The Yogic Kitchen

The Yogic Kitchen

Follow the Ayurvedic path to health with this ancient approach to food as medicine.

The Yogic Kitchen offers a quiet argument for a food-as-medicine approach to health, based on the ancient Indian practice of Ayurveda.

Yoga is good for your body and so too is its sister philosophy, Ayurveda. Tried and tested over thousands of years, this ancient Indian food-as-medicine practice can heal and restore you, bringing balance to your system. In The Yogic Kitchen, Ayurvedic health coach, skilled cook and passionate yoga teacher Jody Vassallo, offers you a 100 recipes as well as a wholistic guide to Ayurveda that shows you how to identify which of the three main constitutions (or doshas) you are and how you can support your dosha with the right food medicine.

Packed full of diagnostic charts and gentle advice on the Ayurvedic way, The Yogic Kitchen translates Jody's passion for good food and good health (as well as stylish living), into recipes that do all the work for you. This book illustrates the power of the right ingredients to bring balance to the digestive system and the mind as well as joy to the tastebuds.

Jody Vassallo is a food writer, stylist, yoga teacher and Ayurvedic health coach. Jody has been working as a recipe writer and food stylist for the past 25 years, collaborating with Jamie Oliver, Bill Granger and Donna Hay. She was a consultant to Jamie Oliver's Ministry of Food in Australia, and had a regular special diets column on his website. Jody's career began working with Donna Hay, writing recipes, styling and testing, and was Food Director at Murdoch Books in the late nineties. Since then she has authored seven of Marie Claire's best-selling cookbooks, and won a slew of awards for 18 additional books she authored and styled. From 2004 she authored 15 highly acclaimed regional food books for Hachette, which were published internationally, and more awards followed. She's worked for the National Heart Foundation, the NSW Institute of Sport and the Australian Institute of Sport. Jody lives in Central Tilba and works as a stylist, cook and recipe writer for a range of clients, including River Cottage Australia. Her most recent book is Beautiful Food.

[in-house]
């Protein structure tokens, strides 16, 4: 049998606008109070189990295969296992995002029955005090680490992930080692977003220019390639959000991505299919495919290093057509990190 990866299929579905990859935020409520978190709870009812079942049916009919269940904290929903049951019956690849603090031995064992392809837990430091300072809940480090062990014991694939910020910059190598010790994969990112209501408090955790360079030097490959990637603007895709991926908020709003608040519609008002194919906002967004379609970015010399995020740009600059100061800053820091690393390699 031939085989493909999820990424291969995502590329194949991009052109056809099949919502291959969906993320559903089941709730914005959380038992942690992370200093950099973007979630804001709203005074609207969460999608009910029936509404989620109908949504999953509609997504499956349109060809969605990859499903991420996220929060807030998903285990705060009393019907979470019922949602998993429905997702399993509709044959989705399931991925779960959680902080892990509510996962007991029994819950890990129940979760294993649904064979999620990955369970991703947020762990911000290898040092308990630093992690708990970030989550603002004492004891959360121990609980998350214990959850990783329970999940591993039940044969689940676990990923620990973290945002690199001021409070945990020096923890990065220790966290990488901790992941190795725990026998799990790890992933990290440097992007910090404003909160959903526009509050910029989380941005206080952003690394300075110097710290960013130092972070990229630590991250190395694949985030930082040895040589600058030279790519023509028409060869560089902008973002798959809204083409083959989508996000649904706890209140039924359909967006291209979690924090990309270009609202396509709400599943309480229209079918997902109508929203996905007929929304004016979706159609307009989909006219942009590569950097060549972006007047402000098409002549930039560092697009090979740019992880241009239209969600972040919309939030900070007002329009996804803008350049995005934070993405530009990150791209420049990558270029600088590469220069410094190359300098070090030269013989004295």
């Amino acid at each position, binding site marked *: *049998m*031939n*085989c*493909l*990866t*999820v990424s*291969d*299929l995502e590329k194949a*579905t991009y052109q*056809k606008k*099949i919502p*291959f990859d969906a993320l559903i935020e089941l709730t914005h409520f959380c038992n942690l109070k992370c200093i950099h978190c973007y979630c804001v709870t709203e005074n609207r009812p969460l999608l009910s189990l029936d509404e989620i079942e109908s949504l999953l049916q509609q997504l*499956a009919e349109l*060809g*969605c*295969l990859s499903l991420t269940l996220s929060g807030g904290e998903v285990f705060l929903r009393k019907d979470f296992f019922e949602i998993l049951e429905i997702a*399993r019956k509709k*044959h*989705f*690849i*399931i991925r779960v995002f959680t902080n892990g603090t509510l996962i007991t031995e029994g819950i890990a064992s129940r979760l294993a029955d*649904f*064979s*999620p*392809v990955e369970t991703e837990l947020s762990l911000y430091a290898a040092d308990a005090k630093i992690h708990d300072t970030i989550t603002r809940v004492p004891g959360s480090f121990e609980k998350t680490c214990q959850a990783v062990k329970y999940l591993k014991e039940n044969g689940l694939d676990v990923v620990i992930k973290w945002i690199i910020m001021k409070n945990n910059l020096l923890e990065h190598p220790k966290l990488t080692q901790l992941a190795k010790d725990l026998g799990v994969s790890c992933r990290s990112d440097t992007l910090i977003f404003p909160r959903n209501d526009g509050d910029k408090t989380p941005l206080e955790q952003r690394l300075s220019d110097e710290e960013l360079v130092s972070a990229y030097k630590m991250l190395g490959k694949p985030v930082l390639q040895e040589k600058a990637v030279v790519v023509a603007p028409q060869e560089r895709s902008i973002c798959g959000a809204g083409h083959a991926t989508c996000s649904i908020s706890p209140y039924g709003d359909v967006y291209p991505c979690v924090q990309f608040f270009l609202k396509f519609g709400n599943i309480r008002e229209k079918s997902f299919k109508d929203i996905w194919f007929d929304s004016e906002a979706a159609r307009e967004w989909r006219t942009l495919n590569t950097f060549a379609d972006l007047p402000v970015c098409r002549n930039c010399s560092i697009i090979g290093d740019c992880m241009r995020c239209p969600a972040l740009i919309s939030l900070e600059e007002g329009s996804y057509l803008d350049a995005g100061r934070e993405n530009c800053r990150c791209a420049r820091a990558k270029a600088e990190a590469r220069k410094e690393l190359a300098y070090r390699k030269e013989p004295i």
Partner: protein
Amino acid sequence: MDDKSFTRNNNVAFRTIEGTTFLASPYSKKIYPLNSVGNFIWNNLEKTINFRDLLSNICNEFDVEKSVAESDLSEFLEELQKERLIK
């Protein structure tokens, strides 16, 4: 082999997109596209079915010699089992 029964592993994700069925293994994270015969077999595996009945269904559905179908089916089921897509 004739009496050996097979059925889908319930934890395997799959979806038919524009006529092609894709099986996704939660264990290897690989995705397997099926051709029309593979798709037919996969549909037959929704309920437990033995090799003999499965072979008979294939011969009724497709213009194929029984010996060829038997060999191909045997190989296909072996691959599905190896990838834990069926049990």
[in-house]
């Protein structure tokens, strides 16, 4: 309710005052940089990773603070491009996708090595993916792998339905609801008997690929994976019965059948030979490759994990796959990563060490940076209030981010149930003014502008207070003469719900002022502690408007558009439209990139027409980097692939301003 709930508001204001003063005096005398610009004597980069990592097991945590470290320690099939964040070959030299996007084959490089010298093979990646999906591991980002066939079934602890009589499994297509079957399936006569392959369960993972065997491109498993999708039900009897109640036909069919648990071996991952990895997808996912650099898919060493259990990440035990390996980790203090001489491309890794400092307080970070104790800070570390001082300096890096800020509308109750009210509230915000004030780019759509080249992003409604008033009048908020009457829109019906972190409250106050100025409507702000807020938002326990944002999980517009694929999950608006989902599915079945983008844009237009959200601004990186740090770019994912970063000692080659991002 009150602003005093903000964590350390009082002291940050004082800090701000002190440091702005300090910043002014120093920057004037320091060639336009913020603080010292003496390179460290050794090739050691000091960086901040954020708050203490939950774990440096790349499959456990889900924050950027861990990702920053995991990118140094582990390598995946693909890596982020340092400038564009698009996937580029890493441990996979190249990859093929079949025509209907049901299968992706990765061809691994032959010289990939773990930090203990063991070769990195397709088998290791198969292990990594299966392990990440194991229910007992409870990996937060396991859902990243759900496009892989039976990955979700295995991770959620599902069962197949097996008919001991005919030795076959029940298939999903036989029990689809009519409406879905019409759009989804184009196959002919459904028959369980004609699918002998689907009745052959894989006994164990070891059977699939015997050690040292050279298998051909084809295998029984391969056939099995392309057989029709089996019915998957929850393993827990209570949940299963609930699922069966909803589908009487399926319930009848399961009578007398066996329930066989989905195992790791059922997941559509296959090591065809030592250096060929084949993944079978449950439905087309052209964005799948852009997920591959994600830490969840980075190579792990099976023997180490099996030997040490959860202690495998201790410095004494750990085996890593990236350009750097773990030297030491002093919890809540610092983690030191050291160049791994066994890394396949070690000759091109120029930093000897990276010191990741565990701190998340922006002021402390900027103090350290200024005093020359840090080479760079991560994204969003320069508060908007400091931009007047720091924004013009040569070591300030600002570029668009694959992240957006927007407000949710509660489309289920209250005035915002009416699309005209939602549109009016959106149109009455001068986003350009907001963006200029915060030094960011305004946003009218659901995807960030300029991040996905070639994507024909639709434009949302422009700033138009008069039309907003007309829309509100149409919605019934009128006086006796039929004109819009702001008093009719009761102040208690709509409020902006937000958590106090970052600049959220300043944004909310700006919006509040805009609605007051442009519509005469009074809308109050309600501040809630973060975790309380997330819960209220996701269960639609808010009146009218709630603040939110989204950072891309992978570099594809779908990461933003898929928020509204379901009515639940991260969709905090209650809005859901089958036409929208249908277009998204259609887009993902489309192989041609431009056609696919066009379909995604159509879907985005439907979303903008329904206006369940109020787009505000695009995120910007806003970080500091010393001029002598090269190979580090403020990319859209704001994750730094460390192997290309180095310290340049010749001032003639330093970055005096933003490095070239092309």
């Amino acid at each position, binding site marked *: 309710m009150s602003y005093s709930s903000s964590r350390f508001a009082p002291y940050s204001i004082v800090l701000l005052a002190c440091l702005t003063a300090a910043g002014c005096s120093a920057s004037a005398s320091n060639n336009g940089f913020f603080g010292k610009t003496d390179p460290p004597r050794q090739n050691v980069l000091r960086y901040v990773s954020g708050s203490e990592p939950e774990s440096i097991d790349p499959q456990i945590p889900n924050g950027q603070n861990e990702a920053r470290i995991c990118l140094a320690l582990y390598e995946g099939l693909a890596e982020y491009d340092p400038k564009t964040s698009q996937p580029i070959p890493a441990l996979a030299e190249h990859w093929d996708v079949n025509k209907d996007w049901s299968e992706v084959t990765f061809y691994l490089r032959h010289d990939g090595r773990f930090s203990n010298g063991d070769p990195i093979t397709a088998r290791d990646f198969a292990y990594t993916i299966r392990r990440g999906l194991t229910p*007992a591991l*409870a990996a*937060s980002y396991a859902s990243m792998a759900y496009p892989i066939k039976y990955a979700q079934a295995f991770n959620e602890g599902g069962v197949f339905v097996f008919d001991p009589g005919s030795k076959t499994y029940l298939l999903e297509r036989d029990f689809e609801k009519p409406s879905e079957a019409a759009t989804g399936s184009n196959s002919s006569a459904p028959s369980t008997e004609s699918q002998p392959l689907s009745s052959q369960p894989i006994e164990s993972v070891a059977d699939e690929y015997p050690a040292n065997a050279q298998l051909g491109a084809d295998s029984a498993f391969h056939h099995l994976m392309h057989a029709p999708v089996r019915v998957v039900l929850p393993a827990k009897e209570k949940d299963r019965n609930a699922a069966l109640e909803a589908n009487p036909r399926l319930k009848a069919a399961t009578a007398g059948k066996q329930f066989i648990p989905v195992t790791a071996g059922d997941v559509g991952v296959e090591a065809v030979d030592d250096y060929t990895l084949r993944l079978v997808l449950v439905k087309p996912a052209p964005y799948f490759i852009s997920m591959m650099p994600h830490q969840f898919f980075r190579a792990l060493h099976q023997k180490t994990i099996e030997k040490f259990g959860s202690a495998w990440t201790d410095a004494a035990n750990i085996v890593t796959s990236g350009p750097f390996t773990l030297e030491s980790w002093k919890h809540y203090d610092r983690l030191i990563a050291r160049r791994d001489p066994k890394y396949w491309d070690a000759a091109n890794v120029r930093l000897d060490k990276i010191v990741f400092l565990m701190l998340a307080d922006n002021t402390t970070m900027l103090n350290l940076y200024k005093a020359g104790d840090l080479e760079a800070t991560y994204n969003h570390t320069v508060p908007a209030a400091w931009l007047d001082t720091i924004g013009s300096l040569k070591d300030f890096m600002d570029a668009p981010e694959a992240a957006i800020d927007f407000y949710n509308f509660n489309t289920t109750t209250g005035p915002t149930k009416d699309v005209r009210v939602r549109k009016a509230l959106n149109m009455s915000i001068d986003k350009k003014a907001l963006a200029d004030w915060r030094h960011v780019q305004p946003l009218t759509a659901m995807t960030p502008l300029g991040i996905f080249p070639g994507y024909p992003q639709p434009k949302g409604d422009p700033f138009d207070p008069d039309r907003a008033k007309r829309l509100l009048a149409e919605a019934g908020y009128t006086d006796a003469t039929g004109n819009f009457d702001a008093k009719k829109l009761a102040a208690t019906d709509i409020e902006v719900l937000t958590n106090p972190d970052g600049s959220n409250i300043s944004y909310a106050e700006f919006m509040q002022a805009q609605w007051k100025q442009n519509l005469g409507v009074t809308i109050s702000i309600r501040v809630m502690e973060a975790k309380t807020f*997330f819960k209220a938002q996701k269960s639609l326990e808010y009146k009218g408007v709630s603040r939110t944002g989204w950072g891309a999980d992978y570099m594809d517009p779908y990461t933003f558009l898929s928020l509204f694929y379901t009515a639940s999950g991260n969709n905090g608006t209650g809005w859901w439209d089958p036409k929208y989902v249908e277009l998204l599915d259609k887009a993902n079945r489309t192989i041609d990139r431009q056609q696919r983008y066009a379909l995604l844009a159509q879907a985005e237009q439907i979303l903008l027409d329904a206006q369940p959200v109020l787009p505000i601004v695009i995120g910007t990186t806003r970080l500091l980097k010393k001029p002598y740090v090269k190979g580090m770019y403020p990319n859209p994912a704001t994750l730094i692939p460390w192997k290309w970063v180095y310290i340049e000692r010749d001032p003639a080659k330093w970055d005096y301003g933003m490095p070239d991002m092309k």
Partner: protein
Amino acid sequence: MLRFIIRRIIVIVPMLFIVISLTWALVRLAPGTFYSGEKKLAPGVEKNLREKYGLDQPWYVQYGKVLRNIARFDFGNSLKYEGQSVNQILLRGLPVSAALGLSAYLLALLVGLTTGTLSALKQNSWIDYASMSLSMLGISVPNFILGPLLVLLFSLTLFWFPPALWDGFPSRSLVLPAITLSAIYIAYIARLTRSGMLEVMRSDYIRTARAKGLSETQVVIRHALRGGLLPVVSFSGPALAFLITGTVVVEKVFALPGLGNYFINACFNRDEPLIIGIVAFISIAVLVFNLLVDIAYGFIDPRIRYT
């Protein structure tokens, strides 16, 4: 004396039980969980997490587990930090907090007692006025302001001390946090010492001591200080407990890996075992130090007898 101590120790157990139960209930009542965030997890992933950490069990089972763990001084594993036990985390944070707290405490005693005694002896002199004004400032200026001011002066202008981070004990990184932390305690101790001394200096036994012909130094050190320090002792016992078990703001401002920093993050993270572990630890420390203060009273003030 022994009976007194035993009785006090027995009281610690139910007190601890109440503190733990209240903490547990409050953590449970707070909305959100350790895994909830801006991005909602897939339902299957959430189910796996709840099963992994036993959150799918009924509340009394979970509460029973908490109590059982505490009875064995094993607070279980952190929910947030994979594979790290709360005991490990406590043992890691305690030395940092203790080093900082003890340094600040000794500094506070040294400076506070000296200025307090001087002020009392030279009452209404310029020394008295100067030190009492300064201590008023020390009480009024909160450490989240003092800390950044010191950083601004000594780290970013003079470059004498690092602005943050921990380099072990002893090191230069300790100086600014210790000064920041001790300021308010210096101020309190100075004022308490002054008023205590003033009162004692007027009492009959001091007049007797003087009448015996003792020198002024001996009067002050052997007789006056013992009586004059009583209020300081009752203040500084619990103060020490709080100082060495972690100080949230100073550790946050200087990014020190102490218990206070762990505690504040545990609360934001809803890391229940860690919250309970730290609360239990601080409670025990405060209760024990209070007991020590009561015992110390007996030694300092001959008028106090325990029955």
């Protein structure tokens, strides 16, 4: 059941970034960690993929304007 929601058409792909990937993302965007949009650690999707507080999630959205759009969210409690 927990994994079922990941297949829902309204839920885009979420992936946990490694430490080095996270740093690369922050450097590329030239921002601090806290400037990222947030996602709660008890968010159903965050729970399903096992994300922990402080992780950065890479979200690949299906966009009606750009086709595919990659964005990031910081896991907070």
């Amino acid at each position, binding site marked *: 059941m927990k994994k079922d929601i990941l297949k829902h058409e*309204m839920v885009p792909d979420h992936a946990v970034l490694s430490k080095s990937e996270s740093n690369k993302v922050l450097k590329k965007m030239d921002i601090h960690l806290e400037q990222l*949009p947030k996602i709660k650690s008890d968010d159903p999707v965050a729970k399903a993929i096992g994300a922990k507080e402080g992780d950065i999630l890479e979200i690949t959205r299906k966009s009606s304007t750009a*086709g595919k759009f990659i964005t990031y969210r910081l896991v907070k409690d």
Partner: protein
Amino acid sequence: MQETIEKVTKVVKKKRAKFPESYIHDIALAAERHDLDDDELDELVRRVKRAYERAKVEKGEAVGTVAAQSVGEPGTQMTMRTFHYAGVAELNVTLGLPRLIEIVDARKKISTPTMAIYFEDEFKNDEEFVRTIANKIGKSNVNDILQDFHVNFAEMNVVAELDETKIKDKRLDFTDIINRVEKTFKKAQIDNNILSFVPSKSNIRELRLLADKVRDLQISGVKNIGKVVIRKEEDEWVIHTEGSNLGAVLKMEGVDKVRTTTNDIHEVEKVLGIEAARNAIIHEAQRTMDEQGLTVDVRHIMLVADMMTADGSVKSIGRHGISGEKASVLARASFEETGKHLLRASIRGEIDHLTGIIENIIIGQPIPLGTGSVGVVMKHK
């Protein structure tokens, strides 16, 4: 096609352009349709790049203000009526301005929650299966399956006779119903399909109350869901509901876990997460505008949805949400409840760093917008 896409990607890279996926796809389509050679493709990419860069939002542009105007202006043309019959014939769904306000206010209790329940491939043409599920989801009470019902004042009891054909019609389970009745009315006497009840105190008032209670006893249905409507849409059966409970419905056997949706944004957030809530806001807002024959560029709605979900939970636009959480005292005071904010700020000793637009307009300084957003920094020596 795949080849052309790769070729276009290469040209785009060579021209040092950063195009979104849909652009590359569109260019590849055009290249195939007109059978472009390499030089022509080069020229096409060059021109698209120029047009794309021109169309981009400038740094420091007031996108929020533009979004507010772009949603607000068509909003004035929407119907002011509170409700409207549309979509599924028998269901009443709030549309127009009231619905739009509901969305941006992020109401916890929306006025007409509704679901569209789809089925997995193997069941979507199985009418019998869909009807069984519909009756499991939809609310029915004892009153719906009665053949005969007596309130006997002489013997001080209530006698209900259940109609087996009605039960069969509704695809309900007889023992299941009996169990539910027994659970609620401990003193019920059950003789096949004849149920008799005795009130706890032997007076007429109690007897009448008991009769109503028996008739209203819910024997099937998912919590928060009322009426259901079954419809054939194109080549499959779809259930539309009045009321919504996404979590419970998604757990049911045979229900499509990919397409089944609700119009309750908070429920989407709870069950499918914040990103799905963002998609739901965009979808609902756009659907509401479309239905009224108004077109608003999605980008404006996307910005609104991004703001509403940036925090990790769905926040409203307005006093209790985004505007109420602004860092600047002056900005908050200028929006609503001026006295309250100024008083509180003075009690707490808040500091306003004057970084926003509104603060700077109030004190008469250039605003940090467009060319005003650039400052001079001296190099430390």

The Yogic Kitchen
Author: Jody Vassallo
RRP: $39.99

Vegan Choc Peanut Butter Cake

Serves 8
Yes it's good. Really, really good.

1 cup (100 g) almond meal
1 cup (100 g) dessicated coconut
½ cup (125 g) coconut sugar
½ cup (85 g) cacao powder
3 tablespoons buckwheat flour
2 teaspoons baking powder
2 tablespoons chia seeds
2 teaspoons peanut butter or hulled tahini
1 cup mashed ripe banana (about 3 small bananas)
1 cup (250 ml) coconut water

1 ripe banana
2 tablespoons cacao
2 tablespoons maple syrup
1 tablespoon hulled tahini
flaked coconut, serve
maple syrup, to serve

Preheat oven to 180°C. Grease and line a heart-shaped cake tin or 22cm springform tin with baking paper.
Place the almond meal, coconut, coconut sugar, cacao, buckwheat flour, baking powder and chia seeds into a bowl and stir to combine. Combine the peanut butter, banana and coconut water, then fold into the dry ingredients.
Spoon the mixture into the prepared tin and bake for 40-50 minutes or until a skewer comes out mostly clean when inserted in the centre. (It will be slightly moist because of the nature of the cake.)
Allow to cool for 10 minutes in the tin before turning out onto a wire rack to cool completely.
To make the topping, place the banana, cacao, maple syrup and tahini into a food processor and process until smooth and creamy.
Spread over the cooled cake, top with the flaked coconut and drizzle with the maple syrup.

Rajasthani Mixed Lentil Dhal

Serves 4

There are a few things that make a good dhal for me, and I think the most important is texture. I'm not a fan of watery dhals, I much prefer them rich and creamy – and this one truly is that. The secret is in cooking the dhal, you can't rush it. If you do, you are likely to find yourself with a pan with a nicely charred base; believe me, I've needed a lot of elbow grease to clean some of my rushed ventures. This one takes about 11/2 hours if you cook it the old-fashioned way on the stove; if you prefer, you could use a pressure cooker or a slow cooker.

1 cup (250 g) urad dhal
1 cup (220 g) split mung dhal
1/2 teaspoon chilli powder
1/2 teaspoon ground turmeric
1 tablespoon tamarind puree
2 tablespoons organic sesame oil
3 cloves
2 dried bay leaves
1 teaspoon garam masala
1 teaspoon ground cumin
1 teaspoon ground coriander

To serve
1/2 cup (125 g) Greek style yoghurt
1 lemon, halved
coriander leaves
mint leaves

Place the urad and mung dhal in a bowl, cover with water and set aside to soak overnight. Rinse and drain well.

Transfer the dhal to a large saucepan, add 2 litres of water and cook over medium heat for 11/2 hours, checking and stirring several times to see if you need to add more water. The dhal is ready when the mixture is thick and slightly creamy. You may need to increase the heat towards the end if you find there is too much liquid.

Add the chilli powder, turmeric and tamarind to the pan and mix to combine.

Heat the oil in a small saucepan, add the cloves and bay leaves and cook over medium heat for 1 minute, add the remaining spices and cook for 1 minute until fragrant. Add to the cooked lentil mixture and stir through.

Divide the dhal between serving bowls, top with the yoghurt, finish with a good squeeze of lemon and a sprinkle of coriander and mint leaves.